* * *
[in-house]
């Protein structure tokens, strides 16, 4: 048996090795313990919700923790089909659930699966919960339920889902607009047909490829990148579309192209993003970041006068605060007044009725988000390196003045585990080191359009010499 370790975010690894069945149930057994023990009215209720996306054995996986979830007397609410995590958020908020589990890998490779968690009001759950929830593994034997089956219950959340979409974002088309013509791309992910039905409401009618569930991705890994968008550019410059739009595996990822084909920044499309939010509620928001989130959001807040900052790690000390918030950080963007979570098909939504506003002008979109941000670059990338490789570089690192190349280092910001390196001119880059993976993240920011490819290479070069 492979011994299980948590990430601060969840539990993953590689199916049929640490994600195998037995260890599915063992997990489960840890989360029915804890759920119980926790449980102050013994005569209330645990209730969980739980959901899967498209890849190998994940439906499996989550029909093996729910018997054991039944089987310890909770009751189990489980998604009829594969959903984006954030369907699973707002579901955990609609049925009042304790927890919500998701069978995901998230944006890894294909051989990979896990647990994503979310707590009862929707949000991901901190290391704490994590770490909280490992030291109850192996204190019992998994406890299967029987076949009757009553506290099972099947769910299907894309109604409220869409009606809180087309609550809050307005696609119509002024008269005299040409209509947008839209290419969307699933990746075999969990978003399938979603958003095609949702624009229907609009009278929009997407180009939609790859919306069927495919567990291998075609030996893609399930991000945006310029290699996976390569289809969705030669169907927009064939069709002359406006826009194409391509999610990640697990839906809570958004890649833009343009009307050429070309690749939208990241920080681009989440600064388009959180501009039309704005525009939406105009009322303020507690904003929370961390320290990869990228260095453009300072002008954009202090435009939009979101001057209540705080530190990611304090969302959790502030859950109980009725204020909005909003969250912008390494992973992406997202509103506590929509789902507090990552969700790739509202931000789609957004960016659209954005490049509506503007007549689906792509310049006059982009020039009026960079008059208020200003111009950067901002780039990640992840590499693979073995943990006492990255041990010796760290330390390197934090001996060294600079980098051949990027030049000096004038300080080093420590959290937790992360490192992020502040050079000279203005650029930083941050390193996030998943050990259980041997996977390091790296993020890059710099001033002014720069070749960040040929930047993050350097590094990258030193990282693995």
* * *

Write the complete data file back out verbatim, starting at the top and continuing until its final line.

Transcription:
[in-house]
């Protein structure tokens, strides 16, 4: 048996090795313990919700923790089909659930699966919960339920889902607009047909490829990148579309192209993003970041006068605060007044009725988000390196003045585990080191359009010499 370790975010690894069945149930057994023990009215209720996306054995996986979830007397609410995590958020908020589990890998490779968690009001759950929830593994034997089956219950959340979409974002088309013509791309992910039905409401009618569930991705890994968008550019410059739009595996990822084909920044499309939010509620928001989130959001807040900052790690000390918030950080963007979570098909939504506003002008979109941000670059990338490789570089690192190349280092910001390196001119880059993976993240920011490819290479070069 492979011994299980948590990430601060969840539990993953590689199916049929640490994600195998037995260890599915063992997990489960840890989360029915804890759920119980926790449980102050013994005569209330645990209730969980739980959901899967498209890849190998994940439906499996989550029909093996729910018997054991039944089987310890909770009751189990489980998604009829594969959903984006954030369907699973707002579901955990609609049925009042304790927890919500998701069978995901998230944006890894294909051989990979896990647990994503979310707590009862929707949000991901901190290391704490994590770490909280490992030291109850192996204190019992998994406890299967029987076949009757009553506290099972099947769910299907894309109604409220869409009606809180087309609550809050307005696609119509002024008269005299040409209509947008839209290419969307699933990746075999969990978003399938979603958003095609949702624009229907609009009278929009997407180009939609790859919306069927495919567990291998075609030996893609399930991000945006310029290699996976390569289809969705030669169907927009064939069709002359406006826009194409391509999610990640697990839906809570958004890649833009343009009307050429070309690749939208990241920080681009989440600064388009959180501009039309704005525009939406105009009322303020507690904003929370961390320290990869990228260095453009300072002008954009202090435009939009979101001057209540705080530190990611304090969302959790502030859950109980009725204020909005909003969250912008390494992973992406997202509103506590929509789902507090990552969700790739509202931000789609957004960016659209954005490049509506503007007549689906792509310049006059982009020039009026960079008059208020200003111009950067901002780039990640992840590499693979073995943990006492990255041990010796760290330390390197934090001996060294600079980098051949990027030049000096004038300080080093420590959290937790992360490192992020502040050079000279203005650029930083941050390193996030998943050990259980041997996977390091790296993020890059710099001033002014720069070749960040040929930047993050350097590094990258030193990282693995």